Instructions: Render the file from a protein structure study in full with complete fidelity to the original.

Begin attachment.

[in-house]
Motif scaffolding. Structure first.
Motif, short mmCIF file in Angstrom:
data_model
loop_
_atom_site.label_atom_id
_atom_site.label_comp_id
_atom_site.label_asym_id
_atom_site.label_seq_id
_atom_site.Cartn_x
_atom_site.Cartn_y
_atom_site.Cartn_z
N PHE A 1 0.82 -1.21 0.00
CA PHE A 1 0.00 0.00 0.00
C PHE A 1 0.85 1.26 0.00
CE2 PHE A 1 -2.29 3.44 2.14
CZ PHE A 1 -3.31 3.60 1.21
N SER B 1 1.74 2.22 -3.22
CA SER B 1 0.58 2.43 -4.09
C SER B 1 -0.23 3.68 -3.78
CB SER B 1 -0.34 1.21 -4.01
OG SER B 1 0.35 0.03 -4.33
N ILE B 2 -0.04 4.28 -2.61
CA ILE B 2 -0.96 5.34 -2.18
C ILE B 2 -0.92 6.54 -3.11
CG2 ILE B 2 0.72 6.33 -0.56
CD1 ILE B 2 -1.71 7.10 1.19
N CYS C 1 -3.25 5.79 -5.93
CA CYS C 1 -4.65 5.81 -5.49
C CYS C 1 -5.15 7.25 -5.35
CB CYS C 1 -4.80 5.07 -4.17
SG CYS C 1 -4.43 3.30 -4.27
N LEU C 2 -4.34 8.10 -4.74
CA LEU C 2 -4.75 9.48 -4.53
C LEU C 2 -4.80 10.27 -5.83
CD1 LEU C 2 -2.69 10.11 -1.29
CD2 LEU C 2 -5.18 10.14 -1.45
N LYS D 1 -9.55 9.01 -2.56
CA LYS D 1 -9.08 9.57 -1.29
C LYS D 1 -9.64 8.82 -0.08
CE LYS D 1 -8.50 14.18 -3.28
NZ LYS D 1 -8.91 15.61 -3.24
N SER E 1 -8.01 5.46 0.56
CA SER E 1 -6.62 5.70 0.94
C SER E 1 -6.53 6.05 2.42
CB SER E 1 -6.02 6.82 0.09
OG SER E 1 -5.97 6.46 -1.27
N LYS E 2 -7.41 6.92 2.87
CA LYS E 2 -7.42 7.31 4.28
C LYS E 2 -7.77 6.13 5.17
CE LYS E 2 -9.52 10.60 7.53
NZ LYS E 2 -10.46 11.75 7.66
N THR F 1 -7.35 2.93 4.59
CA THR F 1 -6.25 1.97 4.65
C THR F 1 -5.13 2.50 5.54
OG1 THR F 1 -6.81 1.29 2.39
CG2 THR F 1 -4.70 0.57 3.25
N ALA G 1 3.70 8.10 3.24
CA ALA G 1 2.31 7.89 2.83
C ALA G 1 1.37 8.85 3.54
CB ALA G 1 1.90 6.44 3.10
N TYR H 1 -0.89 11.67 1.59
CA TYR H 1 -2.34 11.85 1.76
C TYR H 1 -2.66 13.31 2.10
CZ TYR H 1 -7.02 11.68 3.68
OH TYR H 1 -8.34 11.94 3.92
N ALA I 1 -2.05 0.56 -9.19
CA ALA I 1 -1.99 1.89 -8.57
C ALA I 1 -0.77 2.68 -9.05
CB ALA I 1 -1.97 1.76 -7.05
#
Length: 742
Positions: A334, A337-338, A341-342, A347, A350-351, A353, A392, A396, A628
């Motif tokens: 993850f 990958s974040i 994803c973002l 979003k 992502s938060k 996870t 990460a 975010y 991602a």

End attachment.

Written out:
[in-house]
Motif scaffolding. Structure first.
Motif, short mmCIF file in Angstrom:
data_model
loop_
_atom_site.label_atom_id
_atom_site.label_comp_id
_atom_site.label_asym_id
_atom_site.label_seq_id
_atom_site.Cartn_x
_atom_site.Cartn_y
_atom_site.Cartn_z
N PHE A 1 0.82 -1.21 0.00
CA PHE A 1 0.00 0.00 0.00
C PHE A 1 0.85 1.26 0.00
CE2 PHE A 1 -2.29 3.44 2.14
CZ PHE A 1 -3.31 3.60 1.21
N SER B 1 1.74 2.22 -3.22
CA SER B 1 0.58 2.43 -4.09
C SER B 1 -0.23 3.68 -3.78
CB SER B 1 -0.34 1.21 -4.01
OG SER B 1 0.35 0.03 -4.33
N ILE B 2 -0.04 4.28 -2.61
CA ILE B 2 -0.96 5.34 -2.18
C ILE B 2 -0.92 6.54 -3.11
CG2 ILE B 2 0.72 6.33 -0.56
CD1 ILE B 2 -1.71 7.10 1.19
N CYS C 1 -3.25 5.79 -5.93
CA CYS C 1 -4.65 5.81 -5.49
C CYS C 1 -5.15 7.25 -5.35
CB CYS C 1 -4.80 5.07 -4.17
SG CYS C 1 -4.43 3.30 -4.27
N LEU C 2 -4.34 8.10 -4.74
CA LEU C 2 -4.75 9.48 -4.53
C LEU C 2 -4.80 10.27 -5.83
CD1 LEU C 2 -2.69 10.11 -1.29
CD2 LEU C 2 -5.18 10.14 -1.45
N LYS D 1 -9.55 9.01 -2.56
CA LYS D 1 -9.08 9.57 -1.29
C LYS D 1 -9.64 8.82 -0.08
CE LYS D 1 -8.50 14.18 -3.28
NZ LYS D 1 -8.91 15.61 -3.24
N SER E 1 -8.01 5.46 0.56
CA SER E 1 -6.62 5.70 0.94
C SER E 1 -6.53 6.05 2.42
CB SER E 1 -6.02 6.82 0.09
OG SER E 1 -5.97 6.46 -1.27
N LYS E 2 -7.41 6.92 2.87
CA LYS E 2 -7.42 7.31 4.28
C LYS E 2 -7.77 6.13 5.17
CE LYS E 2 -9.52 10.60 7.53
NZ LYS E 2 -10.46 11.75 7.66
N THR F 1 -7.35 2.93 4.59
CA THR F 1 -6.25 1.97 4.65
C THR F 1 -5.13 2.50 5.54
OG1 THR F 1 -6.81 1.29 2.39
CG2 THR F 1 -4.70 0.57 3.25
N ALA G 1 3.70 8.10 3.24
CA ALA G 1 2.31 7.89 2.83
C ALA G 1 1.37 8.85 3.54
CB ALA G 1 1.90 6.44 3.10
N TYR H 1 -0.89 11.67 1.59
CA TYR H 1 -2.34 11.85 1.76
C TYR H 1 -2.66 13.31 2.10
CZ TYR H 1 -7.02 11.68 3.68
OH TYR H 1 -8.34 11.94 3.92
N ALA I 1 -2.05 0.56 -9.19
CA ALA I 1 -1.99 1.89 -8.57
C ALA I 1 -0.77 2.68 -9.05
CB ALA I 1 -1.97 1.76 -7.05
#
Length: 742
Positions: A334, A337-338, A341-342, A347, A350-351, A353, A392, A396, A628
């Motif tokens: 993850f 990958s974040i 994803c973002l 979003k 992502s938060k 996870t 990460a 975010y 991602a």